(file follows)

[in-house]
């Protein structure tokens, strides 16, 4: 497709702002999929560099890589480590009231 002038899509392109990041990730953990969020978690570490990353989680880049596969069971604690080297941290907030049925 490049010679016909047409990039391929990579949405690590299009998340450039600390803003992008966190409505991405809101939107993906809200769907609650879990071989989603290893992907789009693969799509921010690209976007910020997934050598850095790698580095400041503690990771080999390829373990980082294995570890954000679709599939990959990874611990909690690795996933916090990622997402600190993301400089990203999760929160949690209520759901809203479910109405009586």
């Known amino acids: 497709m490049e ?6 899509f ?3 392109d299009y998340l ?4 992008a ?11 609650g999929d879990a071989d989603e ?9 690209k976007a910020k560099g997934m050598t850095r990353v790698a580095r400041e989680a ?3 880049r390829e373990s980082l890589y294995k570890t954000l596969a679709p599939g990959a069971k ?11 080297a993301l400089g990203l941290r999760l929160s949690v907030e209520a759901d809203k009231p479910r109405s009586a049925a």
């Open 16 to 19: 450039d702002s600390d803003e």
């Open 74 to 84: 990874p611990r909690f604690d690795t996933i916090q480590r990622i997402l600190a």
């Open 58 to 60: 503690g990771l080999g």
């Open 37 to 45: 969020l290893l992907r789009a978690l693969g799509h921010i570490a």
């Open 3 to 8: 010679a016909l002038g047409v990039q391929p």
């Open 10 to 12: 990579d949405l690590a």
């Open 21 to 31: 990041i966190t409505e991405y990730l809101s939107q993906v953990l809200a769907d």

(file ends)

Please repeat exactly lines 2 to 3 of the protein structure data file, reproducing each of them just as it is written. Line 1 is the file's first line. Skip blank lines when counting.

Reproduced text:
């Protein structure tokens, strides 16, 4: 497709702002999929560099890589480590009231 002038899509392109990041990730953990969020978690570490990353989680880049596969069971604690080297941290907030049925 490049010679016909047409990039391929990579949405690590299009998340450039600390803003992008966190409505991405809101939107993906809200769907609650879990071989989603290893992907789009693969799509921010690209976007910020997934050598850095790698580095400041503690990771080999390829373990980082294995570890954000679709599939990959990874611990909690690795996933916090990622997402600190993301400089990203999760929160949690209520759901809203479910109405009586």
């Known amino acids: 497709m490049e ?6 899509f ?3 392109d299009y998340l ?4 992008a ?11 609650g999929d879990a071989d989603e ?9 690209k976007a910020k560099g997934m050598t850095r990353v790698a580095r400041e989680a ?3 880049r390829e373990s980082l890589y294995k570890t954000l596969a679709p599939g990959a069971k ?11 080297a993301l400089g990203l941290r999760l929160s949690v907030e209520a759901d809203k009231p479910r109405s009586a049925a």